For years, SpaceX and its billionaire founder Elon Musk have teased the coming of the most powerful rocket in operation: The triple-booster Falcon Heavy rocket.
The beast of a launch vehicle was originally supposed to fly its demonstration flight in November but expected delays associated with other missions in the company’s manifest have pushed the launch to January. A test-fire of the rocket’s 27 Merlin engines was also targeted for the end of December but it seems that may be pushed to early January as well.
Both the engine hold-down fire and launch will occur at Launch Complex 39A at NASA’s Kennedy Space Center which SpaceX has leased from the agency for 20 years. The pad helped SpaceX facilitate its best year yet with the company more than doubling its annual launch record and going nose-to-nose with the Russians for successful orbital missions. Pad 39A also saw the flight of the very first previously-used and recovered orbital rocket––SpaceX’s Falcon 9.
Pad 39A is no stranger to history. The facility was once used to loft Neil Armstrong and Buzz Aldrin atop a Saturn V rocket to walk on the moon and saw the flights of the Space Shuttle missions to assemble the International Space Station and place the Hubble telescope. Now that SpaceX has completed rebuilding Cape Canaveral’s Pad 40 next door, SpaceX has moved single-stick Falcon 9 launches over there while Pad 39A is prepped for Falcon Heavy.
Elon Musk says “there’s a lot that could go wrong” during the Falcon Heavy test-flight, claiming that firing the heavy-lift rocket’s 27 engines will be complex.
“I want to make sure to set expectations accordingly, I hope it makes it far enough away from the pad that it’s not going to cause damage,” Musk said at the ISS Development Conference in DC earlier this year. “I would consider that a win, honestly. And yeah. Major pucker factor is the only way to describe it.”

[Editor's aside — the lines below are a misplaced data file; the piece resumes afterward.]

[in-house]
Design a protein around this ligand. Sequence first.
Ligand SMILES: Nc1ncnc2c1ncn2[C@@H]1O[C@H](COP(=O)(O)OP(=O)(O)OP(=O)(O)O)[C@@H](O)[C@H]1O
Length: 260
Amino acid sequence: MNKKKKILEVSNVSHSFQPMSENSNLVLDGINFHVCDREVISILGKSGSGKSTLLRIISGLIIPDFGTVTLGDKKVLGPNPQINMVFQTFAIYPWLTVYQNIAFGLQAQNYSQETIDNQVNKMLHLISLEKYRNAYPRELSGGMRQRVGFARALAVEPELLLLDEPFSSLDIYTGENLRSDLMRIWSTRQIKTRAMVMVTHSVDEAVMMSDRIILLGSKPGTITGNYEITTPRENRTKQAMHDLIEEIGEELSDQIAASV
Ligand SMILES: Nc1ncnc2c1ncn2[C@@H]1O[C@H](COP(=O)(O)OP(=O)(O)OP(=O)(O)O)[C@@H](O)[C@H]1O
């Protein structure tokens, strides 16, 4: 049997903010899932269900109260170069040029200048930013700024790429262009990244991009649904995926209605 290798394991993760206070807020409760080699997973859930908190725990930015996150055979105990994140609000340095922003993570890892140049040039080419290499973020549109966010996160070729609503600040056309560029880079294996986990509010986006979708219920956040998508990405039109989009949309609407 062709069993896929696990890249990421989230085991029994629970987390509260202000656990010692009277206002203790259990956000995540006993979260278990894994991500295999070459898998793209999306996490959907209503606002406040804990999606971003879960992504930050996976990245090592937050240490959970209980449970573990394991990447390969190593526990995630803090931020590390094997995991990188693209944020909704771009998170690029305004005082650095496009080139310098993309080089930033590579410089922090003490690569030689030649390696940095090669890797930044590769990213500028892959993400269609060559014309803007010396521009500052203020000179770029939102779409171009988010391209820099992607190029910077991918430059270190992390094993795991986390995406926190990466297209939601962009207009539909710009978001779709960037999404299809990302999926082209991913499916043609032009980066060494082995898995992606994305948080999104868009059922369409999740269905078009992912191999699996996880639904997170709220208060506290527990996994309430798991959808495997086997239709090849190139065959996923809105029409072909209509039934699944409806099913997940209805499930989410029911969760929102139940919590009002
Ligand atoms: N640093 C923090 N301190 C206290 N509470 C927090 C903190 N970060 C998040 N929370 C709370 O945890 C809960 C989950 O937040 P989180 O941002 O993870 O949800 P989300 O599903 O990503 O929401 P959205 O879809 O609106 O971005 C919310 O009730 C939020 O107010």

“Real good chance that vehicle doesn’t make it to orbit, the loads change, the air dynamics totally change. You triple the vibration and acoustics. So you break the qualification levels and so much of the hardware,” Musk explained. “It just ended up being way-way more difficult than we originally thought. We were pretty naive about that.”
The Falcon Heavy has about 2.5 times more payload capacity than the company’s workhorse Falcon 9 rocket and could be used for massive deliveries to geostationary orbit, payloads to Mars or Europa, and crewed missions to lunar orbit. Last year, SpaceX announced that to two private citizens have paid deposits to fly stop the Heavy in a Dragon 2 spacecraft around the moon––the first time humans would do so since 1972. Musk added that the two customers would be “brave” for participating in the mission.
Following the very first launch of the Falcon Heavy from Kennedy Space Center, two of the boosters will be recovered on land by both oh them soaring through Florida’s skies for a touchdown at Landing Zone 1 and 2 at Cape Canaveral Air Force Station. The third booster will be recovered at sea atop the ‘Of Course I Still Love You’ autonomous drone ship.